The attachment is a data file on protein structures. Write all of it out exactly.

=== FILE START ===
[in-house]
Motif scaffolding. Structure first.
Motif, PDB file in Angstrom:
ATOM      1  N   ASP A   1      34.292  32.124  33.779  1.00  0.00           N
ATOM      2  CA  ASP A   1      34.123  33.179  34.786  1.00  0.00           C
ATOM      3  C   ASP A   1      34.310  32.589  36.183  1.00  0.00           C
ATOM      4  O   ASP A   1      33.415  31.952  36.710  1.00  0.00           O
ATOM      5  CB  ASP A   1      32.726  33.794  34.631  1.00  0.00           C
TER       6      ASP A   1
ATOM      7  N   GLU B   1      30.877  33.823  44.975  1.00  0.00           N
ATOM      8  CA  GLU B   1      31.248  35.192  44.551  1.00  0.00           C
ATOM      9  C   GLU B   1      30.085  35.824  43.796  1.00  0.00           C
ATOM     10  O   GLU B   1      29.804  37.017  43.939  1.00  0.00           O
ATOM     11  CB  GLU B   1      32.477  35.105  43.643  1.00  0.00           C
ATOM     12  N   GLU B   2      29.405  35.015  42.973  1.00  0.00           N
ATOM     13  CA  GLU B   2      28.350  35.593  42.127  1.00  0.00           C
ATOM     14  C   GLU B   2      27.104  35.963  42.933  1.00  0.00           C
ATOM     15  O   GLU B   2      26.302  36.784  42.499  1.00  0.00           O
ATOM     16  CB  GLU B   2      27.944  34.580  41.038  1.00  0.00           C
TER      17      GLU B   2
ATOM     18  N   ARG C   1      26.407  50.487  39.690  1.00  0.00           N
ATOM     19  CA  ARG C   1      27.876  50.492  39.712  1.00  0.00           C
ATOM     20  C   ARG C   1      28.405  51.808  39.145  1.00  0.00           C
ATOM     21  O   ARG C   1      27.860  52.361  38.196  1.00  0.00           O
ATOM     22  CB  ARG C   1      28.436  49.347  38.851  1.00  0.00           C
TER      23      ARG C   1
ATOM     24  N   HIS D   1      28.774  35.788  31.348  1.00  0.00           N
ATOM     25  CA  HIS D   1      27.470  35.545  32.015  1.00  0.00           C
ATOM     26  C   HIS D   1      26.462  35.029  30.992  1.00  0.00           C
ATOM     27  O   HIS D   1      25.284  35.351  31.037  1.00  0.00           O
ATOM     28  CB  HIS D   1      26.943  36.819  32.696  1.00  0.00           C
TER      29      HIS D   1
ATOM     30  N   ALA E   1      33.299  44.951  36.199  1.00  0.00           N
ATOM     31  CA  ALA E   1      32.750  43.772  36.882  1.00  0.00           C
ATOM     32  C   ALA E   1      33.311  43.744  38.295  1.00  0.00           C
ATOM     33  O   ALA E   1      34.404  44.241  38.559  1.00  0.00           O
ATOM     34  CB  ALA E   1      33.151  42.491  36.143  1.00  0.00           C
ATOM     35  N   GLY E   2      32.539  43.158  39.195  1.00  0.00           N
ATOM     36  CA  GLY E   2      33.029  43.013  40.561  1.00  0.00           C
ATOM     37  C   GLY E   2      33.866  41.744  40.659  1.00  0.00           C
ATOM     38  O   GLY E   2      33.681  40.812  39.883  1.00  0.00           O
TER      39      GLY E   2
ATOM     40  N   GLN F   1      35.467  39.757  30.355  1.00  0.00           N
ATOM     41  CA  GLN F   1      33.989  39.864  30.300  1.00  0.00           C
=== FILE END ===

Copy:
[in-house]
Motif scaffolding. Structure first.
Motif, PDB file in Angstrom:
ATOM      1  N   ASP A   1      34.292  32.124  33.779  1.00  0.00           N
ATOM      2  CA  ASP A   1      34.123  33.179  34.786  1.00  0.00           C
ATOM      3  C   ASP A   1      34.310  32.589  36.183  1.00  0.00           C
ATOM      4  O   ASP A   1      33.415  31.952  36.710  1.00  0.00           O
ATOM      5  CB  ASP A   1      32.726  33.794  34.631  1.00  0.00           C
TER       6      ASP A   1
ATOM      7  N   GLU B   1      30.877  33.823  44.975  1.00  0.00           N
ATOM      8  CA  GLU B   1      31.248  35.192  44.551  1.00  0.00           C
ATOM      9  C   GLU B   1      30.085  35.824  43.796  1.00  0.00           C
ATOM     10  O   GLU B   1      29.804  37.017  43.939  1.00  0.00           O
ATOM     11  CB  GLU B   1      32.477  35.105  43.643  1.00  0.00           C
ATOM     12  N   GLU B   2      29.405  35.015  42.973  1.00  0.00           N
ATOM     13  CA  GLU B   2      28.350  35.593  42.127  1.00  0.00           C
ATOM     14  C   GLU B   2      27.104  35.963  42.933  1.00  0.00           C
ATOM     15  O   GLU B   2      26.302  36.784  42.499  1.00  0.00           O
ATOM     16  CB  GLU B   2      27.944  34.580  41.038  1.00  0.00           C
TER      17      GLU B   2
ATOM     18  N   ARG C   1      26.407  50.487  39.690  1.00  0.00           N
ATOM     19  CA  ARG C   1      27.876  50.492  39.712  1.00  0.00           C
ATOM     20  C   ARG C   1      28.405  51.808  39.145  1.00  0.00           C
ATOM     21  O   ARG C   1      27.860  52.361  38.196  1.00  0.00           O
ATOM     22  CB  ARG C   1      28.436  49.347  38.851  1.00  0.00           C
TER      23      ARG C   1
ATOM     24  N   HIS D   1      28.774  35.788  31.348  1.00  0.00           N
ATOM     25  CA  HIS D   1      27.470  35.545  32.015  1.00  0.00           C
ATOM     26  C   HIS D   1      26.462  35.029  30.992  1.00  0.00           C
ATOM     27  O   HIS D   1      25.284  35.351  31.037  1.00  0.00           O
ATOM     28  CB  HIS D   1      26.943  36.819  32.696  1.00  0.00           C
TER      29      HIS D   1
ATOM     30  N   ALA E   1      33.299  44.951  36.199  1.00  0.00           N
ATOM     31  CA  ALA E   1      32.750  43.772  36.882  1.00  0.00           C
ATOM     32  C   ALA E   1      33.311  43.744  38.295  1.00  0.00           C
ATOM     33  O   ALA E   1      34.404  44.241  38.559  1.00  0.00           O
ATOM     34  CB  ALA E   1      33.151  42.491  36.143  1.00  0.00           C
ATOM     35  N   GLY E   2      32.539  43.158  39.195  1.00  0.00           N
ATOM     36  CA  GLY E   2      33.029  43.013  40.561  1.00  0.00           C
ATOM     37  C   GLY E   2      33.866  41.744  40.659  1.00  0.00           C
ATOM     38  O   GLY E   2      33.681  40.812  39.883  1.00  0.00           O
TER      39      GLY E   2
ATOM     40  N   GLN F   1      35.467  39.757  30.355  1.00  0.00           N
ATOM     41  CA  GLN F   1      33.989  39.864  30.300  1.00  0.00           C